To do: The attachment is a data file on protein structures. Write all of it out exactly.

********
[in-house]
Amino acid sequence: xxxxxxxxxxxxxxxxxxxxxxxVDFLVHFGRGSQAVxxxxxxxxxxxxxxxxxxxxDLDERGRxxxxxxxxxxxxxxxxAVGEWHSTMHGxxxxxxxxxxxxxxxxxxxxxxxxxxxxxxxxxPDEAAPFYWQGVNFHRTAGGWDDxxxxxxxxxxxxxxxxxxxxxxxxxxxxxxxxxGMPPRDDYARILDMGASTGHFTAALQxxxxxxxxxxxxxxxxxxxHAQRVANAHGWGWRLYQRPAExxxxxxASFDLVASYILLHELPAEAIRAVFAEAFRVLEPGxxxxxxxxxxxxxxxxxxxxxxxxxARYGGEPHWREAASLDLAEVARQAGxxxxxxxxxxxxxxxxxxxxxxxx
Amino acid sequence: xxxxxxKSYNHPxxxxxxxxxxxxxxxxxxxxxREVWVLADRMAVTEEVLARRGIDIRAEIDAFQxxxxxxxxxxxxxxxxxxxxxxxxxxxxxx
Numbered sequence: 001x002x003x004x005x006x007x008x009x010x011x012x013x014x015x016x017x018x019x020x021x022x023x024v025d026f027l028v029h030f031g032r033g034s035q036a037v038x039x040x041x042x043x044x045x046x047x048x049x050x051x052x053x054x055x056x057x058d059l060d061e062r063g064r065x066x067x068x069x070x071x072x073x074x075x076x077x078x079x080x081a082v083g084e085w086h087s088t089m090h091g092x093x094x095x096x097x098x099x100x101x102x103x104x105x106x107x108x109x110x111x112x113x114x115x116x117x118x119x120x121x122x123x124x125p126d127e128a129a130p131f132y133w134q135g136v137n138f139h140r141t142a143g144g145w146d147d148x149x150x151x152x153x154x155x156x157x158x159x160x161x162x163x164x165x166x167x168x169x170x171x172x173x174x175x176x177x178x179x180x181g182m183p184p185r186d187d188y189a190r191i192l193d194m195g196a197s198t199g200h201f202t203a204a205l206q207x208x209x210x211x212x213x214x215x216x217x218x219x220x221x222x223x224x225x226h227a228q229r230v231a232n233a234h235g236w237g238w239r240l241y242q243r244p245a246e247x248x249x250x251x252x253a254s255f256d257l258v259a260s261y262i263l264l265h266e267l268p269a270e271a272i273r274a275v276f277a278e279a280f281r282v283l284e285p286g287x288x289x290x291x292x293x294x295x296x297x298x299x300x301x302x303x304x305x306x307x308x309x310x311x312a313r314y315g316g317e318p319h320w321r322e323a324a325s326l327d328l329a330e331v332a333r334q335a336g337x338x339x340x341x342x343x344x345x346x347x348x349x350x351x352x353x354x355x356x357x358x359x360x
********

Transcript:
[in-house]
Amino acid sequence: xxxxxxxxxxxxxxxxxxxxxxxVDFLVHFGRGSQAVxxxxxxxxxxxxxxxxxxxxDLDERGRxxxxxxxxxxxxxxxxAVGEWHSTMHGxxxxxxxxxxxxxxxxxxxxxxxxxxxxxxxxxPDEAAPFYWQGVNFHRTAGGWDDxxxxxxxxxxxxxxxxxxxxxxxxxxxxxxxxxGMPPRDDYARILDMGASTGHFTAALQxxxxxxxxxxxxxxxxxxxHAQRVANAHGWGWRLYQRPAExxxxxxASFDLVASYILLHELPAEAIRAVFAEAFRVLEPGxxxxxxxxxxxxxxxxxxxxxxxxxARYGGEPHWREAASLDLAEVARQAGxxxxxxxxxxxxxxxxxxxxxxxx
Amino acid sequence: xxxxxxKSYNHPxxxxxxxxxxxxxxxxxxxxxREVWVLADRMAVTEEVLARRGIDIRAEIDAFQxxxxxxxxxxxxxxxxxxxxxxxxxxxxxx
Numbered sequence: 001x002x003x004x005x006x007x008x009x010x011x012x013x014x015x016x017x018x019x020x021x022x023x024v025d026f027l028v029h030f031g032r033g034s035q036a037v038x039x040x041x042x043x044x045x046x047x048x049x050x051x052x053x054x055x056x057x058d059l060d061e062r063g064r065x066x067x068x069x070x071x072x073x074x075x076x077x078x079x080x081a082v083g084e085w086h087s088t089m090h091g092x093x094x095x096x097x098x099x100x101x102x103x104x105x106x107x108x109x110x111x112x113x114x115x116x117x118x119x120x121x122x123x124x125p126d127e128a129a130p131f132y133w134q135g136v137n138f139h140r141t142a143g144g145w146d147d148x149x150x151x152x153x154x155x156x157x158x159x160x161x162x163x164x165x166x167x168x169x170x171x172x173x174x175x176x177x178x179x180x181g182m183p184p185r186d187d188y189a190r191i192l193d194m195g196a197s198t199g200h201f202t203a204a205l206q207x208x209x210x211x212x213x214x215x216x217x218x219x220x221x222x223x224x225x226h227a228q229r230v231a232n233a234h235g236w237g238w239r240l241y242q243r244p245a246e247x248x249x250x251x252x253a254s255f256d257l258v259a260s261y262i263l264l265h266e267l268p269a270e271a272i273r274a275v276f277a278e279a280f281r282v283l284e285p286g287x288x289x290x291x292x293x294x295x296x297x298x299x300x301x302x303x304x305x306x307x308x309x310x311x312a313r314y315g316g317e318p319h320w321r322e323a324a325s326l327d328l329a330e331v332a333r334q335a336g337x338x339x340x341x342x343x344x345x346x347x348x349x350x351x352x353x354x355x356x357x358x359x360x